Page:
December 12, 2017

Reader Review: Sticky Fingaz - Blacktrash: The Autobiography of Kirk Jones (May 22, 2001)

(So today I'm running another of the Reader Reviews submitted fifty years ago, this one from Savion, who tackles the solo debut from Onyx's Sticky Fingaz, Blacktrash: The Autobiography of KirkJones. Note: this write-up will not discuss any plot details, as Savion chose instead to comment on just the music and not the overall narrative, so there aren't any spoilers to be found, unless you count song titles. If anyone wishes to discuss the story itself, use the comments section. Enjoy!)

“What’s the last verse you was always waiting for? / Well he solo now, you ain’t gotta wait no more!”

Two and a half years after the rap group Onyx blewthefucup with Bacdafucup, they released a CLASSIC known as All We Got Iz Us. If you haven’t heard that masterpiece from the trio of Fredro Starr, Sonny Seeza, and Sticky Fingaz, then I don’t know what the fuck you’re doing with your life. On that album, Sticky turns in amazing performances, and Fredro becomes a monster behind the boards. They followed that up with Shut Em’ Down, but by that point their label, Def Jam Records, had lost all faith in Onyx, the trio's antagonistic formula declining in effectiveness since their debut. This explains how the knuckleheads ended up in the Koch Graveyard for their fourth studio album, Bacdafucup Pt. II (which, at least they didn’t call it All We Got Iz Us Pt. II, is all I’m saying). Throughout their time in the spotlight, it was crystal clear that Sticky Fingaz was the most charismatic and had the most potential of the three, so it made sense for Sticky to strike out on a solo career. Thus, his debut, Blacktrash: The Autobiography of Kirk Jones, was born.

Let me just expand a bit on how underrated of an emcee the man is. On All We Got Is Us, he was at his peak, which could be seen as the equivalent to a Hell On Earth Prodigy or a Midnight Marauders Phife Dawg, contributing a hot verse every fucking time. Eminem was at his peak on The Marshall Mathers LP, but Sticky effortlessly bodied both Eminem and RBX (whom I don’t personally like) on “Remember Me” (a reject from Dr. Dre's The Chronic 2000 sessions). But back to All We Got Iz Us: Sticky's verse on “Purse Snatchaz” is up there with the Rebel INS’s verse on “Triumph”. I know you fuckers are familiar with that verse.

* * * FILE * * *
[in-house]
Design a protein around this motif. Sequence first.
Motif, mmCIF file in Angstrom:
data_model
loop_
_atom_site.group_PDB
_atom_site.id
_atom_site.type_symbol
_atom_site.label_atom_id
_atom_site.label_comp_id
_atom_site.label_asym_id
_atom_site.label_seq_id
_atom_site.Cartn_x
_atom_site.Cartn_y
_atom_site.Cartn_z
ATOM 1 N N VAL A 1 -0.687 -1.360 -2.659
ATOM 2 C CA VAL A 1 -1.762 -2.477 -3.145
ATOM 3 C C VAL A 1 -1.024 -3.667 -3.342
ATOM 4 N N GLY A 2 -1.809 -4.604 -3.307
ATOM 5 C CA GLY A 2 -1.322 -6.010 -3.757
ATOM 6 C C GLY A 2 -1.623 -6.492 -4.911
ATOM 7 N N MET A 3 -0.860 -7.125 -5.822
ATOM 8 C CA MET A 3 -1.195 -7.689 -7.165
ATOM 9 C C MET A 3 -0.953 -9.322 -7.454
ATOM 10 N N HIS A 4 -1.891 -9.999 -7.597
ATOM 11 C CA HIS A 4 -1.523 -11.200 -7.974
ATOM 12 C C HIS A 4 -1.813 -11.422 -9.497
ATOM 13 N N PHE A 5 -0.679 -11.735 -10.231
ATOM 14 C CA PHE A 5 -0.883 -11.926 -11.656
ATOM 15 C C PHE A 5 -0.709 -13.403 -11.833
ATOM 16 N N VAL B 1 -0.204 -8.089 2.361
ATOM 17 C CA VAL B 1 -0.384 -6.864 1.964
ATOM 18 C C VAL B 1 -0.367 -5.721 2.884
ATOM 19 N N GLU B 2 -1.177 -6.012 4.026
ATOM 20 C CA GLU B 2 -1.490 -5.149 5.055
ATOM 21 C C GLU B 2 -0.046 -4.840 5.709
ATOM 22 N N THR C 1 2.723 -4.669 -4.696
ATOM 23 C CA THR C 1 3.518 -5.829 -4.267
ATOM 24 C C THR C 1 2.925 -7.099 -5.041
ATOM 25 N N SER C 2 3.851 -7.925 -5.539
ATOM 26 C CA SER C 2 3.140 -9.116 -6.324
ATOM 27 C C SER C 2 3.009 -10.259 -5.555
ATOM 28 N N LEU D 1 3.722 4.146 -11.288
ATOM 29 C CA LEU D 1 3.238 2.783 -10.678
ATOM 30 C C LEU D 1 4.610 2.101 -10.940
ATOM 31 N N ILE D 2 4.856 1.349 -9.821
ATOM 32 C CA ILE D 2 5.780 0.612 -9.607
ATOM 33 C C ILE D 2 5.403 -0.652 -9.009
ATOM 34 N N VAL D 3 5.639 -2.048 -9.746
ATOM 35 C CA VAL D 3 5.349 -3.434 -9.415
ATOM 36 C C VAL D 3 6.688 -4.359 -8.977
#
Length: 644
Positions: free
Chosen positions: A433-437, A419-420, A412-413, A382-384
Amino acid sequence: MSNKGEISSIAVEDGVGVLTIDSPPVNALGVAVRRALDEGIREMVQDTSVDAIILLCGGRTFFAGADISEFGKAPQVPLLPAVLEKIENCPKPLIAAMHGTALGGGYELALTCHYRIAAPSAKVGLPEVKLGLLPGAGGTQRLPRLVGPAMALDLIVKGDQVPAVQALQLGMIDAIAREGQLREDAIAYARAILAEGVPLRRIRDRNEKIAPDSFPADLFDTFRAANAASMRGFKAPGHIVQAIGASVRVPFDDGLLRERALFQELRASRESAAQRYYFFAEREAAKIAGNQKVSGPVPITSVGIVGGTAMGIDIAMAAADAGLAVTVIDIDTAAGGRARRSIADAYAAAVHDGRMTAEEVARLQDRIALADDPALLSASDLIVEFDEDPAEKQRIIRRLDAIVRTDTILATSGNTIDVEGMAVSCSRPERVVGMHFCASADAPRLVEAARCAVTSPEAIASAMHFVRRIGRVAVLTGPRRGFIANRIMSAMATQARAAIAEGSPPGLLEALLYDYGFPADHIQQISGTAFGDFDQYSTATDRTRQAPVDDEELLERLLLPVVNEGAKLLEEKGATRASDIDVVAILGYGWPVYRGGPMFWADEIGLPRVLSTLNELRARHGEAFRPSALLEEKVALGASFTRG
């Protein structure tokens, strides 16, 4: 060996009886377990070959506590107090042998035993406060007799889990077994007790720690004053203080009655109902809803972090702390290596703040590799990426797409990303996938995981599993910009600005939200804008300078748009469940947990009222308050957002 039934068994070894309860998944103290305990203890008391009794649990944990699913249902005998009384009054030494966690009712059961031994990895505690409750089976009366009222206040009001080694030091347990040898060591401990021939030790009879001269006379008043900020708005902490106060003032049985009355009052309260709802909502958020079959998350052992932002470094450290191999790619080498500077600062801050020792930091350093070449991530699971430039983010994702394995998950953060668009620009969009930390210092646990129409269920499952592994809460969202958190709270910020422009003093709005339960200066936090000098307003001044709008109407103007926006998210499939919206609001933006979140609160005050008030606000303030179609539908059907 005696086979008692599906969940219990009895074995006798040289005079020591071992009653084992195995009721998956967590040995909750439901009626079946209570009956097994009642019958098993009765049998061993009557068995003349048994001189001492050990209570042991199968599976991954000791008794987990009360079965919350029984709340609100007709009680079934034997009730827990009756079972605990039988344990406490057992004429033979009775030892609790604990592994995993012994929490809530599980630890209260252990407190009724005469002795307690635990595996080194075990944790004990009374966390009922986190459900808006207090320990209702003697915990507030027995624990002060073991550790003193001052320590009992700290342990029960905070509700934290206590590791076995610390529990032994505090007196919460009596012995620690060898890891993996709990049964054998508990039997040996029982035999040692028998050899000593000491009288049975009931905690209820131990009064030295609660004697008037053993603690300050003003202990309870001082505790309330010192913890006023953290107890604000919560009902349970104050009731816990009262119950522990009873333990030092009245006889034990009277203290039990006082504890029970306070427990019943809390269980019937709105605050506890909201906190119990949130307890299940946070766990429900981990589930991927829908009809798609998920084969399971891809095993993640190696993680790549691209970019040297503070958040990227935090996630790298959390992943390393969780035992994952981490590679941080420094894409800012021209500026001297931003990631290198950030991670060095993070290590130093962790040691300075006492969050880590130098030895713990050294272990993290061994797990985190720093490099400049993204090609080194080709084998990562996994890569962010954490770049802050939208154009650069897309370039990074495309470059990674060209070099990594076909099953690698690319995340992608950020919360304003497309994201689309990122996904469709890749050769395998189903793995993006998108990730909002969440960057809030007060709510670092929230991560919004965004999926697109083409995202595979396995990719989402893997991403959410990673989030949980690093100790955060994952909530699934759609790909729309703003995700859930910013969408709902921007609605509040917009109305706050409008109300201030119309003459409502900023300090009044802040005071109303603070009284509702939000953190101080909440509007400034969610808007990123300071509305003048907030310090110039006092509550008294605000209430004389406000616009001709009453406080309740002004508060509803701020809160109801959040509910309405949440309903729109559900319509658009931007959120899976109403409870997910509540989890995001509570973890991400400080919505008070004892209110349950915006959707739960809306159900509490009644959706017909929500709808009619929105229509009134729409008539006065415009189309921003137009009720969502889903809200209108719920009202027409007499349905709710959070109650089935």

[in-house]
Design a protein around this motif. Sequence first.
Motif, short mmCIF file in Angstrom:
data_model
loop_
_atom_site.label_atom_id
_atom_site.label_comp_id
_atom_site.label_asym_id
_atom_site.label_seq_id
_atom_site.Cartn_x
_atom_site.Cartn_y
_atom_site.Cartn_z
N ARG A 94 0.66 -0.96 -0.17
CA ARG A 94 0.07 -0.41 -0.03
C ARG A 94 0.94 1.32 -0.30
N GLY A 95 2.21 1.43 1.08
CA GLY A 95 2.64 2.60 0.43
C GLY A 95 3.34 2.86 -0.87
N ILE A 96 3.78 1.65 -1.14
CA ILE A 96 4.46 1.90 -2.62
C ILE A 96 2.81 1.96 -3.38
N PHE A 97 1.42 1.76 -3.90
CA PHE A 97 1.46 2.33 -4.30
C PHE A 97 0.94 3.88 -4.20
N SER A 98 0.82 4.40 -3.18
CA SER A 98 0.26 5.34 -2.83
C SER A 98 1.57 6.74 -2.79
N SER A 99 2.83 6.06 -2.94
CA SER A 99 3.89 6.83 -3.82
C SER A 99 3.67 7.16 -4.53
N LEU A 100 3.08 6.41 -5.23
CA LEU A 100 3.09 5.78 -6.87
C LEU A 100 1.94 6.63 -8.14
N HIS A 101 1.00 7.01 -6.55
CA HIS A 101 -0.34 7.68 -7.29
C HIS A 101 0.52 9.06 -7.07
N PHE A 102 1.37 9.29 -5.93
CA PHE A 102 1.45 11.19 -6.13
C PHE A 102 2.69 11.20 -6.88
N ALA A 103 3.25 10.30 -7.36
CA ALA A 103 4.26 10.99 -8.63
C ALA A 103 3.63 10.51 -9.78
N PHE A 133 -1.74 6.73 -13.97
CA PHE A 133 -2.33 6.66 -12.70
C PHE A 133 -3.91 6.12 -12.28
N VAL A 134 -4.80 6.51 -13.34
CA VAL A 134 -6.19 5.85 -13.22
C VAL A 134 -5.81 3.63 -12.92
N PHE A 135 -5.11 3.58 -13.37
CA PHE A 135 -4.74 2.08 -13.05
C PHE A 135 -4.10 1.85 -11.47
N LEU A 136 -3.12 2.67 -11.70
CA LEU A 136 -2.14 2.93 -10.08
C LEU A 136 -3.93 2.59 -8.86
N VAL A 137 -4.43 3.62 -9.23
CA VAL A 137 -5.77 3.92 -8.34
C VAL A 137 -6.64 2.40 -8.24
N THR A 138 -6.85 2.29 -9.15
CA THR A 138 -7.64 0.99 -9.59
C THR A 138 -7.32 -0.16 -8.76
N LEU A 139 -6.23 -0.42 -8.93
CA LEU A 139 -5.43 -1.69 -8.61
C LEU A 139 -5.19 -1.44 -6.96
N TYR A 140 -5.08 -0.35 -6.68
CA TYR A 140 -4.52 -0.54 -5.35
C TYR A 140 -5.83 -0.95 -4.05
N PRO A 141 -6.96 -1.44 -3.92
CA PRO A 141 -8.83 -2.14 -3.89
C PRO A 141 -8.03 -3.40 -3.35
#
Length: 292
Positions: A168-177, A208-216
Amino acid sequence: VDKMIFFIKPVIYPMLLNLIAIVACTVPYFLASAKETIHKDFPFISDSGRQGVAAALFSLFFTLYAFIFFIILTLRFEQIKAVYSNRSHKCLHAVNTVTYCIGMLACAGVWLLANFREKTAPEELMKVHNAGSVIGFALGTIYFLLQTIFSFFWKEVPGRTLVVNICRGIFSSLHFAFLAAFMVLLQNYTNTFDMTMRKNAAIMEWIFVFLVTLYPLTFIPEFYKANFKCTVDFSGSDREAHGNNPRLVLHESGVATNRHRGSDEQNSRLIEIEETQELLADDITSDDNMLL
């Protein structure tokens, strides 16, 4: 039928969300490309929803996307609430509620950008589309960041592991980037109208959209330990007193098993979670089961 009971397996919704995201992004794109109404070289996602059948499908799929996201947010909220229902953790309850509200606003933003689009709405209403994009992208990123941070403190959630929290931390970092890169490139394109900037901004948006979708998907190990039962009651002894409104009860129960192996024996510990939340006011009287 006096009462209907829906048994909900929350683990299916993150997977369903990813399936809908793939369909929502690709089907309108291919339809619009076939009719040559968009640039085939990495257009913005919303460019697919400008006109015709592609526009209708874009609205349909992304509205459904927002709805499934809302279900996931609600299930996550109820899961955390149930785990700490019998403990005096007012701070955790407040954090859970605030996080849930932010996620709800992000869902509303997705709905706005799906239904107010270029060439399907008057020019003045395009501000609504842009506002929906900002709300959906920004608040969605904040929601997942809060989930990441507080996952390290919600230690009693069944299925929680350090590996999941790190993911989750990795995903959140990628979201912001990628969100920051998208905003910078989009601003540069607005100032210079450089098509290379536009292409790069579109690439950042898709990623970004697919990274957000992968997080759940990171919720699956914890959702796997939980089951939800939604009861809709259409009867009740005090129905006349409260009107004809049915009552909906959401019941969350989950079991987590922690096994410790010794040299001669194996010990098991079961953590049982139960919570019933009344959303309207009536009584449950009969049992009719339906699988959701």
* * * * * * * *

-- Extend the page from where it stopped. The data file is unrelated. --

His solo debut, Blacktrash: The Autobiography of Kirk Jones, is a concept album built around the story of an ex-con who tries to adapt to life as a free man while finding himself falling back into old habits. Naturally, as with all concept albums, this resulted in very few tracks being created for radio airplay, which meant low sales numbers, and the label, Universal Records, ultimately dropping his ass. In hindsight, I respect Sticky’s creative direction, but it’s a damn shame: All We Got Iz Us also didn't move as many units as Onyx's debut and had no radio-friendly singles. Most of the time I don’t fuck with the radio singles, but I believe that rappers have to find that balance between songs for the hip hop heads and appealing to a broader audience if they are striving for success and career longevity. This is a mistake that many artists have made and continue to make to this day (although the rules have certainly changed).

Sometimes I like to defy the laws of circular motion and go off into tangents, so I apologize in advance.


Yeah! It’s a good sign when the album’s first song has a hard-hitting beat: nobody wants a heartfelt song to set off an album from a hardcore rap artist. That’s how “Streets Raised Me” fucked up my perception of Mobb Deep's Murda Muzik, even though I liked that song. Sticky’s lyrics are also as volatile as ever.

Black Child’s hook is weak, but overall this track manages to carry the momentum from the previous one, with a decent beat crafted by three no-namers. On here, Sticky Fingaz uses dogs as a metaphor for guns. Songs like these interest me: the concept is quite similar to Nas' “I Gave you Power”. He sounds pretty good, although a couple of his rhymes are a tad questionable (“Rob you doggystyle with the gun in your back!”?).

Sometimes when Sticky raps, he reminds me of a rodent trying to get out of its cage. It’s almost as though he purposely limits himself lyrically, because we all know from That Classic Onyx Album I Won't Name Again that he is capable of crafting much better bars. This song was alright.